Coric did not get things going in Cincy last week, so he arrives at Winston-Salem without any momentum. He did make the quarterfinals in his previous trip here in 2015, but lost his opener last year. He will face qualifier Rogerio Dutra Silva or Donald Young. Coric beat Young in their lone meeting on grass in 2015. Coric beat Dutra Silva on clay in 2016 in their only career meeting. Given that the Croat has lost his opener in seven of his last ten tournaments, it’s highly likely that either Young or Dutra Silva will have a legit shot to win.
15. Daniil Medvedev
The Russian has looked worse for the wear since his quarterfinal run at the Citi Open. He’s lost his opening match in both Montreal and Cincinnati and not looked good in either match. Medvedev will have a better match-up this time around with either Thomas Fabbiano or Kyle Edmund who went through qualifying. Fabbiano is 0-4 in main draw matches on this summer hard court swing, so Edmund should expect to get the win. I think he’s the tougher out for Medvedev and the Brit should have a chance to extend the Russian’s woes of late.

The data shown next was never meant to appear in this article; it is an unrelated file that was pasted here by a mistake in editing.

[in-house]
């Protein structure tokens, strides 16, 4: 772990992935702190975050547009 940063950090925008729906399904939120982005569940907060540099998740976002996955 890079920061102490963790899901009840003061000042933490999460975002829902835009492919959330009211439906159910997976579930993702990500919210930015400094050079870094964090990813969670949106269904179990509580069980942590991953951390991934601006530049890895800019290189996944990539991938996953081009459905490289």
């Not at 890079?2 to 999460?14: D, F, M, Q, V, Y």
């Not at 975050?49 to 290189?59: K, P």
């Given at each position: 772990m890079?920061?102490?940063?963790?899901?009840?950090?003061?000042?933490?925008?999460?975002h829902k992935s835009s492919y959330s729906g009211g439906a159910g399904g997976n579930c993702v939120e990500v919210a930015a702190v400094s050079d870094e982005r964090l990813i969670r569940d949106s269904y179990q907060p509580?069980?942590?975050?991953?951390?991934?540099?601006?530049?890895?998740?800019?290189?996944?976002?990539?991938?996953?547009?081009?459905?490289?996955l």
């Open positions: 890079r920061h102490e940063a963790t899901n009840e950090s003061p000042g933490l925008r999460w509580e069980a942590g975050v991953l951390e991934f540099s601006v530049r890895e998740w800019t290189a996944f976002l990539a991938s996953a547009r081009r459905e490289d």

16. Jiri Vesely
Vesely has played just one match on hard courts this summer and that was a three set loss to Ivo Karlovic last week in Cincy. He will open against either Marcos Baghdatis who won his opener on Sunday against Ricardas Bernakis. Baggy is 3-0 against Vesely, including a win in Auckland at the beginning of 2017. Sound that upset vuvuzela.
17. Joao Sousa
An easy inclusion on this list with the Portugese having lost all four of his previous matches in Winston-Salem. He draws Ernests Gulbis or qualifier Marton Fucsovics. Sousa’s four first-up losses here have been to mostly good players, so perhaps a better draw will help this time around. I still think Gulbis who has found some wins lately is going to be a problematic out if he can get off with a win. Fucsovics owns one career win against El Gulbis last year on dirt, but he’s winless for his career in main draw matches on outdoor hard courts on the ATP tour.